The £4000 record signing of Stan Fazackerley from Sheffield United in November 1920 marked the conclusion of an eight-month-long pursuit of the inside forward.
It had started in March that year when the Everton board were alerted to his unhappiness at Sheffield United. A board minute recorded: ‘Secy. reported that this player had informed him of his desire to leave his club but that the latter, on being approached, had declined to part.’ A stand-off emerged over the following summer, with Fazackerley refusing to sign new terms at Bramall Lane. Eventually he relented but Everton did not give up their hunt. In November, with hopes of a title challenge in the Goodison air, a delegation was dispatched to Yorkshire to sign the player. This time they got their man, beating Bolton Wanderers in a bidding war.
Nearing his 30th birthday at the time of his Goodison arrival, Fazackerley was an accomplished and experienced addition to the Blues’ squad. He had spent eight war-interrupted years in Sheffield, the highlight of which was the club’s 1915 FA Cup final win over Chelsea, in which he scored the second of three goals. Previously he had turned out for Hull City and Accrington Stanley.
HOPES WERE high that the new boy would form a good partnership with outside right Sam Chedgzoy, and he did not disappoint. ‘The entrance of Fazackerley into the Everton team on Saturday led to some good results,’ reported the Liverpool Daily Post and Mercury of his debut, a 2-2 draw with Bradford City. ‘The ex-Sheffield United player has art to recommend him in a year when artistry is rarely seen. With his skilled edging of the ball, feinting and dribbling,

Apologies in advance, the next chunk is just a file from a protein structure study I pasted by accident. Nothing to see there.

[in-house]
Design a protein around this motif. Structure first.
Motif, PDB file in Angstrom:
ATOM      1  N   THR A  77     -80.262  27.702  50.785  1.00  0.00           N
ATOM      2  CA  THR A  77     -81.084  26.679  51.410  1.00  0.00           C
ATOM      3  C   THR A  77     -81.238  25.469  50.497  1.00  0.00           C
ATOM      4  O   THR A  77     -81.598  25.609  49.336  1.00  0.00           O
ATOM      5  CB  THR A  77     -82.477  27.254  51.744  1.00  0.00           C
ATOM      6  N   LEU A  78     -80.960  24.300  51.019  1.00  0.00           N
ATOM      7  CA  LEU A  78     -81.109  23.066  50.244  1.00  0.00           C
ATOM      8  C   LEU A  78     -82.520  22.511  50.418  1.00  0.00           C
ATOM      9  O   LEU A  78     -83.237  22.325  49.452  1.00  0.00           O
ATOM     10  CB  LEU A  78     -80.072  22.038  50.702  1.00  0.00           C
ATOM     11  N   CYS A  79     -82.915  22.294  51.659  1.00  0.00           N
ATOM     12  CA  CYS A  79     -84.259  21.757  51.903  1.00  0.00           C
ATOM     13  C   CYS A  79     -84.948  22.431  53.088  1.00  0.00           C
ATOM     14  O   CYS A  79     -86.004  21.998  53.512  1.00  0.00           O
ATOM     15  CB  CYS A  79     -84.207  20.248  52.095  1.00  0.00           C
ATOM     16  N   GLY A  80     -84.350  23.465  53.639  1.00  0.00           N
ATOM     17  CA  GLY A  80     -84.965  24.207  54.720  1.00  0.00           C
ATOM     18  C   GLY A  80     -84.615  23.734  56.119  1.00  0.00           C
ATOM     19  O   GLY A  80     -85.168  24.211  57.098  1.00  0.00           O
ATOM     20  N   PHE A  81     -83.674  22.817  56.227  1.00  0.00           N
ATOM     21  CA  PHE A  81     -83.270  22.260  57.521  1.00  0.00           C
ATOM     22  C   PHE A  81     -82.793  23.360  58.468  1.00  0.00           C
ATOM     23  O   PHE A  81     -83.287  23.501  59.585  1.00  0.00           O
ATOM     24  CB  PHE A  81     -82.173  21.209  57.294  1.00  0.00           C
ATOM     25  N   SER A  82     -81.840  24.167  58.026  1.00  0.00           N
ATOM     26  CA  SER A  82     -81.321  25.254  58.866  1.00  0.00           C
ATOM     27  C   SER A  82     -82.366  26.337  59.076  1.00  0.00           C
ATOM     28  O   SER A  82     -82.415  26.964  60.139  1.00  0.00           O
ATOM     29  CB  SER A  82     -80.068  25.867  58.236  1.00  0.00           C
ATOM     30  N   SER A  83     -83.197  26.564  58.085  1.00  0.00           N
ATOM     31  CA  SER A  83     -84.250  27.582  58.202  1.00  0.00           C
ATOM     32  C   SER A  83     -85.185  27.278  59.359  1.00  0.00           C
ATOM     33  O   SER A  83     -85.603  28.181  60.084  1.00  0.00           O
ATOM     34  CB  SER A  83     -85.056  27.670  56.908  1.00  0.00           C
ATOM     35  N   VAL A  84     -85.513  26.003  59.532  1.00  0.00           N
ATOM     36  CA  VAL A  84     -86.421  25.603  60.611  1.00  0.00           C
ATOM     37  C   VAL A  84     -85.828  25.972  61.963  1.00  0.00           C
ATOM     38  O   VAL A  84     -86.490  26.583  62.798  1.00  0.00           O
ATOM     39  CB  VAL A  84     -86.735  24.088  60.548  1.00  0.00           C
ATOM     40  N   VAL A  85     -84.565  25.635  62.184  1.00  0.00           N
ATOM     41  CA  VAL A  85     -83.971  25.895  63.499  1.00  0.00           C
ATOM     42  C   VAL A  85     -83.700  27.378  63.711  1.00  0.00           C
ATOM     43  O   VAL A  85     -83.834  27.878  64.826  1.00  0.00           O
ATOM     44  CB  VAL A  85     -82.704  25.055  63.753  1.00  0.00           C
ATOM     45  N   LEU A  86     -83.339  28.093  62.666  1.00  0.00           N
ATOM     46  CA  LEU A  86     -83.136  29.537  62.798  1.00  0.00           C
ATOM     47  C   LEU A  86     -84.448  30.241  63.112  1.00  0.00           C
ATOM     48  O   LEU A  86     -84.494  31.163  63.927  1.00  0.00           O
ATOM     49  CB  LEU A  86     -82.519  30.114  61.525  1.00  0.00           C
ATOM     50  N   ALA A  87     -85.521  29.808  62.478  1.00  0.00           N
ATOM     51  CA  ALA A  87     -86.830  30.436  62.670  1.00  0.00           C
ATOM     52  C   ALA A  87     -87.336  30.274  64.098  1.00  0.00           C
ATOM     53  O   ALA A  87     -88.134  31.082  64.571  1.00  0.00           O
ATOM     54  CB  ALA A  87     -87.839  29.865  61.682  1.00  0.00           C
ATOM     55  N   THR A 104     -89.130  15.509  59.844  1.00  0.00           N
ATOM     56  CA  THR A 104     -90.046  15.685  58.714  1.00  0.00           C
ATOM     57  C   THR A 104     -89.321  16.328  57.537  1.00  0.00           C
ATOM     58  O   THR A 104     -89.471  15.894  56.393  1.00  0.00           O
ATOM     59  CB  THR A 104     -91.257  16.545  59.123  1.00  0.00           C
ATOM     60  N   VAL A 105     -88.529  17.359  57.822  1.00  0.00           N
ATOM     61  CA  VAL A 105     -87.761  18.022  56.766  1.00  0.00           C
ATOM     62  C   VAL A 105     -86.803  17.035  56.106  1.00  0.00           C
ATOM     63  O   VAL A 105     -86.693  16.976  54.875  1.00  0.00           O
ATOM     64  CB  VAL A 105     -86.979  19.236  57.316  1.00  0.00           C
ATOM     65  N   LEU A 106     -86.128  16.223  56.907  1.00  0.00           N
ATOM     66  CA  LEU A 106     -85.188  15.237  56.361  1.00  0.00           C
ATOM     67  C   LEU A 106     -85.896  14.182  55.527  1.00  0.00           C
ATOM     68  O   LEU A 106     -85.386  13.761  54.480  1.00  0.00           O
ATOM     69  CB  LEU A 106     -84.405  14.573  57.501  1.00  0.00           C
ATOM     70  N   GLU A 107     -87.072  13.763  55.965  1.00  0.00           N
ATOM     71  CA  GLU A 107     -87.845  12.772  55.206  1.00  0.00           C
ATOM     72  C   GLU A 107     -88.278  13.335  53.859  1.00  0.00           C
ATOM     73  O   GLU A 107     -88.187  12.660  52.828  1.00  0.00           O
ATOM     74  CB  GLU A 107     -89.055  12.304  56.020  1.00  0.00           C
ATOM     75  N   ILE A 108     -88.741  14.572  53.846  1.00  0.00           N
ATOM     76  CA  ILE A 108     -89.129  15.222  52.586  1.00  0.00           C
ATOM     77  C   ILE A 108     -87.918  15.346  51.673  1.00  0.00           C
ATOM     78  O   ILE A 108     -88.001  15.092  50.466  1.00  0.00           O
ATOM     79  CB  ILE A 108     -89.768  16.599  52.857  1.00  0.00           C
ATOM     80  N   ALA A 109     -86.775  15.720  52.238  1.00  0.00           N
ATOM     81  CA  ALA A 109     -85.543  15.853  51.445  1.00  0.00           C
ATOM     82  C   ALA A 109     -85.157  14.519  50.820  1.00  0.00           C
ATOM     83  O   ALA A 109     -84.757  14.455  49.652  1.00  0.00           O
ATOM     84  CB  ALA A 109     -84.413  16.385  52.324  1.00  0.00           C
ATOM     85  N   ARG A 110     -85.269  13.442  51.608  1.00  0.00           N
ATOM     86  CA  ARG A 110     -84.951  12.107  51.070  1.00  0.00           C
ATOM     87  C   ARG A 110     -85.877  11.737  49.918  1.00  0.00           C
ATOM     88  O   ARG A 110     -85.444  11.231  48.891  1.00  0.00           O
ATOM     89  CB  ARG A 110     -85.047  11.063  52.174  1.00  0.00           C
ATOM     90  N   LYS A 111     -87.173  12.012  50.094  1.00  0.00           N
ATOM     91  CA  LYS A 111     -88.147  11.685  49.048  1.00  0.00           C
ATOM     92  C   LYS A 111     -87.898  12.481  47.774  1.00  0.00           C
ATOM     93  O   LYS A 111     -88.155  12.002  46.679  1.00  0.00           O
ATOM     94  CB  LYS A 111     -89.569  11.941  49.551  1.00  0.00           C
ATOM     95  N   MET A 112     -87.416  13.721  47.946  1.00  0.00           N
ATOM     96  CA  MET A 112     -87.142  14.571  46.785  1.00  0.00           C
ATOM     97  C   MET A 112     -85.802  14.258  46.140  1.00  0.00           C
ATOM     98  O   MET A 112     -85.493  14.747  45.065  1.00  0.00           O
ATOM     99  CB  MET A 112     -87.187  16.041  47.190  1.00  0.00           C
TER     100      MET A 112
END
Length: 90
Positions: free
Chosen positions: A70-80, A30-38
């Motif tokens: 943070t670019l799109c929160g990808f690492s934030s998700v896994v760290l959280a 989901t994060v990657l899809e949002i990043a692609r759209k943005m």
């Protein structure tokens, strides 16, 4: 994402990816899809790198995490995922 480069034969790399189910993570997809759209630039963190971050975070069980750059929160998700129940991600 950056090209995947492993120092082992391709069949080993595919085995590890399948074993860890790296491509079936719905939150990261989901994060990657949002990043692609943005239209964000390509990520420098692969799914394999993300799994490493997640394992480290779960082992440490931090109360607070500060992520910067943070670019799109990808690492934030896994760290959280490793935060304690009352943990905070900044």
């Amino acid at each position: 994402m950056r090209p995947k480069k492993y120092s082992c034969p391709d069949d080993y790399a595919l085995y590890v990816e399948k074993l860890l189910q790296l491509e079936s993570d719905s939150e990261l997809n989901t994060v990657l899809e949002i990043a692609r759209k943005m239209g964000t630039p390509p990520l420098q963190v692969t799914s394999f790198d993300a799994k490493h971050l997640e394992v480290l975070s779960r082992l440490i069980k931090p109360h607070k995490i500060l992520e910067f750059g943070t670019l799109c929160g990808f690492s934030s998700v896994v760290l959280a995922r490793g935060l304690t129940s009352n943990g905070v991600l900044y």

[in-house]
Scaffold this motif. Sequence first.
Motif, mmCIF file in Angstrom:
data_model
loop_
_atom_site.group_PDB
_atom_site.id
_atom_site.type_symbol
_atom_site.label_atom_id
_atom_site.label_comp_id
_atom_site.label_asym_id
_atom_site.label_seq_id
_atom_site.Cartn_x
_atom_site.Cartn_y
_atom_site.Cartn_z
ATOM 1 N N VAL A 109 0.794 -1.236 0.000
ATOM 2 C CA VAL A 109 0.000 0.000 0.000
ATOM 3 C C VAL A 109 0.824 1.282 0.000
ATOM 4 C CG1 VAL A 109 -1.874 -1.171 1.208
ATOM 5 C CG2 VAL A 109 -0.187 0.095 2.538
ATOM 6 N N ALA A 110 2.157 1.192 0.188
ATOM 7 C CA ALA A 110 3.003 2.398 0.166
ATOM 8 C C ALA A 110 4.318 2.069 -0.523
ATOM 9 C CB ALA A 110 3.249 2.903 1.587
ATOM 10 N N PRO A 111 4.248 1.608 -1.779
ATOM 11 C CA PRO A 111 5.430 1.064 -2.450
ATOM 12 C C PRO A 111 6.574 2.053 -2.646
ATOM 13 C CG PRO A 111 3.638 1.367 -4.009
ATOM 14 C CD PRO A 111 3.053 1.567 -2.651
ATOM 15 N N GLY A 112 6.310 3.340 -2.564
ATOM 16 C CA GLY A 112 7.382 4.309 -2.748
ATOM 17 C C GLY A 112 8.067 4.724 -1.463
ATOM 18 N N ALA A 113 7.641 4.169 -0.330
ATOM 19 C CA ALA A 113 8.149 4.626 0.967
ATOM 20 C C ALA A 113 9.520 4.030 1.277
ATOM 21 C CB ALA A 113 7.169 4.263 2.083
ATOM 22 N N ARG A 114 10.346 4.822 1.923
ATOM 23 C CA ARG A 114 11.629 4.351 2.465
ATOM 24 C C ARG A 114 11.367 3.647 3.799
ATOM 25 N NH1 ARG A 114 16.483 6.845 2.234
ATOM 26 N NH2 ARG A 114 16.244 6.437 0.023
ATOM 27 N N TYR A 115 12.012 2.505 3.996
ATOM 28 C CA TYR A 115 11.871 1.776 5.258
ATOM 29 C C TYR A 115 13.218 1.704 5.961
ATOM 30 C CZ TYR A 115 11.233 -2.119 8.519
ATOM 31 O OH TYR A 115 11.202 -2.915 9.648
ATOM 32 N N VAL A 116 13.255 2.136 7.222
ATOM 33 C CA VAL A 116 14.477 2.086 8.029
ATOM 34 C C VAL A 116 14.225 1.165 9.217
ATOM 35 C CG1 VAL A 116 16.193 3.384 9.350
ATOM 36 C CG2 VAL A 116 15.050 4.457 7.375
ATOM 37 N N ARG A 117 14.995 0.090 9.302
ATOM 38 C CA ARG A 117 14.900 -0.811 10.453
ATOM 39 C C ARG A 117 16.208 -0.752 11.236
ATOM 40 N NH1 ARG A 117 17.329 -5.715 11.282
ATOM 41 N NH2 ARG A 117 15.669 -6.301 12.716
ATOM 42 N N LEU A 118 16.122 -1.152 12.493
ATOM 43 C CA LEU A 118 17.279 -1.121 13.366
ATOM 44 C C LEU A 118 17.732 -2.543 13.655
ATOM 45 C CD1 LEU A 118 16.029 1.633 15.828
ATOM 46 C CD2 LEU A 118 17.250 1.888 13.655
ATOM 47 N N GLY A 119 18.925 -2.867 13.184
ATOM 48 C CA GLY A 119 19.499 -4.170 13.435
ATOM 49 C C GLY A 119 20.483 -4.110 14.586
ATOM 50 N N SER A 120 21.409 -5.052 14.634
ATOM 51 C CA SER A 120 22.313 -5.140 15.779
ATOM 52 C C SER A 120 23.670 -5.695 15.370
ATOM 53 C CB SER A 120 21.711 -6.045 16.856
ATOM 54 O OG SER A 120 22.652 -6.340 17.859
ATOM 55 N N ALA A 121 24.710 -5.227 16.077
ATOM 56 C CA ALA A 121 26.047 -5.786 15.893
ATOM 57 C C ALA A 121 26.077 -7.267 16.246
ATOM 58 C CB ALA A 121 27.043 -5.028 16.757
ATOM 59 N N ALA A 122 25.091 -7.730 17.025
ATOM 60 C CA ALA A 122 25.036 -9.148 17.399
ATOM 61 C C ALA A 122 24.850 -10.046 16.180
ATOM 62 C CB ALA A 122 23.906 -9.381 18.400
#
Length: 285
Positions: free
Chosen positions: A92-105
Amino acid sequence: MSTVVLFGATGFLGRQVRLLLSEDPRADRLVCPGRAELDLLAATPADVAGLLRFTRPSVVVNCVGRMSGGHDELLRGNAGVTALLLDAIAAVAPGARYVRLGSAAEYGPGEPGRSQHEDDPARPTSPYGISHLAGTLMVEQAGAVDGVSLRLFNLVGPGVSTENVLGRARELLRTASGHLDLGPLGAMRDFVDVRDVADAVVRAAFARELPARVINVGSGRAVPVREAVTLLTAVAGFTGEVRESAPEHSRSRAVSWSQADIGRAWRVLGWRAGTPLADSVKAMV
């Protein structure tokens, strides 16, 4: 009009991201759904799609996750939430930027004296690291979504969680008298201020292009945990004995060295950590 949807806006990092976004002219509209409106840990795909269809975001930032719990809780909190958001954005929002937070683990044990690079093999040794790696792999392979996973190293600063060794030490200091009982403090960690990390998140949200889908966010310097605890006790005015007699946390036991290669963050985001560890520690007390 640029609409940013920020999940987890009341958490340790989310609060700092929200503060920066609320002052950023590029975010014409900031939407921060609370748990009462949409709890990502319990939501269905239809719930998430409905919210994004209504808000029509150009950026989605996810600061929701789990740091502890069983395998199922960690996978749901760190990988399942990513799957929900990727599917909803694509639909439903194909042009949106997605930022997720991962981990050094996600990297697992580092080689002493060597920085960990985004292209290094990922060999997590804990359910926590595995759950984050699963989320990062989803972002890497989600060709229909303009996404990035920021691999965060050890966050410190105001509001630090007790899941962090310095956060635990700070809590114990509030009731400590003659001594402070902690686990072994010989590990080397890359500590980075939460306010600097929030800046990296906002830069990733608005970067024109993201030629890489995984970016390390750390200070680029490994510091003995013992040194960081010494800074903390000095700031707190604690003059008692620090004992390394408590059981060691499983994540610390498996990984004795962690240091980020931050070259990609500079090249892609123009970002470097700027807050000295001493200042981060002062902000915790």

so Fazackerley has come to the right team. Then he has added confidence to a side that lacked it. Moreover, he has the necessary height where heading of the ball is necessary. All told, he comes at the right time to mend a disjointed side. There was more “forward” play by Everton on Saturday than had been seen throughout the season.’
Standing 6ft tall, Fazackerley added some presence to the Everton forward line, but an assault on the top of the table never came, Everton finishing the season in seventh. Fazackerly scored eight goals, including a hat-trick at home to Chelsea, when he was used as an auxiliary centre forward.
The following campaign was a disaster for Everton. After opening the season with a 5-0 thrashing of Manchester United the club then spent most of the season floundering around the bottom of the table. Fazackerley was Everton’s leading goalscorer, but amid the gloom he fell out of favour spectacularly. Allowed by the club to live in Preston and train three days per week on Merseyside, the agreement broke down in early March 1922. Everton suspended him for ‘disobedience’ and he played just four times more for the club. In November 1922 Everton accepted a £1750 bid for the player from Wolverhampton Wanderers and the inside forward played out his career in the Midlands at Molineux and with Derby County.